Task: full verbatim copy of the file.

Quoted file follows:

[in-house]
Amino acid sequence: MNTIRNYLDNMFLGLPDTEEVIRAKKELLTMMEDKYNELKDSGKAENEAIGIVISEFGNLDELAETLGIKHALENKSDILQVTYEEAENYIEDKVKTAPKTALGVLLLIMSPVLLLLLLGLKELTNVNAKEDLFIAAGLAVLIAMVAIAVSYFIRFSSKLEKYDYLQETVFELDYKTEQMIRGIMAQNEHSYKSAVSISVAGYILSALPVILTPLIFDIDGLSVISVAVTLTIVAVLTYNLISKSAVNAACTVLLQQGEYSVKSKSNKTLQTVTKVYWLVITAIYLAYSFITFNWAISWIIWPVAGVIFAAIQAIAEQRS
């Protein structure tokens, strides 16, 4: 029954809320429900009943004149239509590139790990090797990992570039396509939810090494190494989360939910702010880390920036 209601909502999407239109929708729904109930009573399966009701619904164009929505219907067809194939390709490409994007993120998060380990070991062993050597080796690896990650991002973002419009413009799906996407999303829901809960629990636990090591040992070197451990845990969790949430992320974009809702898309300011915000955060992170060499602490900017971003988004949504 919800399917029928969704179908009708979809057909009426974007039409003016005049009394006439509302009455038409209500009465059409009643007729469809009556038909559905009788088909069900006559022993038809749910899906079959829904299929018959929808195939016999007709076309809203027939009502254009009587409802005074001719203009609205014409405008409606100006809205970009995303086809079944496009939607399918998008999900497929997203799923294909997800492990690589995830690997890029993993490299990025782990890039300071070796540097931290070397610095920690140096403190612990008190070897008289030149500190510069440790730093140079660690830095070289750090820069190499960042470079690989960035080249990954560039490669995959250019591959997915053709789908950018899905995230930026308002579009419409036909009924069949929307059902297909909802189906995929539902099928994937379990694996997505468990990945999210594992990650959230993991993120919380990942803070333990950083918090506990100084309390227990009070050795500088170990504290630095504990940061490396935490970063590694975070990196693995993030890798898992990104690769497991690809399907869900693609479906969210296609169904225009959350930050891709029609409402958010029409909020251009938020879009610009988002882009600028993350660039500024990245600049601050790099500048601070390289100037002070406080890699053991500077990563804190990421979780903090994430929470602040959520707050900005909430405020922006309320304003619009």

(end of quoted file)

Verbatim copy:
[in-house]
Amino acid sequence: MNTIRNYLDNMFLGLPDTEEVIRAKKELLTMMEDKYNELKDSGKAENEAIGIVISEFGNLDELAETLGIKHALENKSDILQVTYEEAENYIEDKVKTAPKTALGVLLLIMSPVLLLLLLGLKELTNVNAKEDLFIAAGLAVLIAMVAIAVSYFIRFSSKLEKYDYLQETVFELDYKTEQMIRGIMAQNEHSYKSAVSISVAGYILSALPVILTPLIFDIDGLSVISVAVTLTIVAVLTYNLISKSAVNAACTVLLQQGEYSVKSKSNKTLQTVTKVYWLVITAIYLAYSFITFNWAISWIIWPVAGVIFAAIQAIAEQRS
């Protein structure tokens, strides 16, 4: 029954809320429900009943004149239509590139790990090797990992570039396509939810090494190494989360939910702010880390920036 209601909502999407239109929708729904109930009573399966009701619904164009929505219907067809194939390709490409994007993120998060380990070991062993050597080796690896990650991002973002419009413009799906996407999303829901809960629990636990090591040992070197451990845990969790949430992320974009809702898309300011915000955060992170060499602490900017971003988004949504 919800399917029928969704179908009708979809057909009426974007039409003016005049009394006439509302009455038409209500009465059409009643007729469809009556038909559905009788088909069900006559022993038809749910899906079959829904299929018959929808195939016999007709076309809203027939009502254009009587409802005074001719203009609205014409405008409606100006809205970009995303086809079944496009939607399918998008999900497929997203799923294909997800492990690589995830690997890029993993490299990025782990890039300071070796540097931290070397610095920690140096403190612990008190070897008289030149500190510069440790730093140079660690830095070289750090820069190499960042470079690989960035080249990954560039490669995959250019591959997915053709789908950018899905995230930026308002579009419409036909009924069949929307059902297909909802189906995929539902099928994937379990694996997505468990990945999210594992990650959230993991993120919380990942803070333990950083918090506990100084309390227990009070050795500088170990504290630095504990940061490396935490970063590694975070990196693995993030890798898992990104690769497991690809399907869900693609479906969210296609169904225009959350930050891709029609409402958010029409909020251009938020879009610009988002882009600028993350660039500024990245600049601050790099500048601070390289100037002070406080890699053991500077990563804190990421979780903090994430929470602040959520707050900005909430405020922006309320304003619009």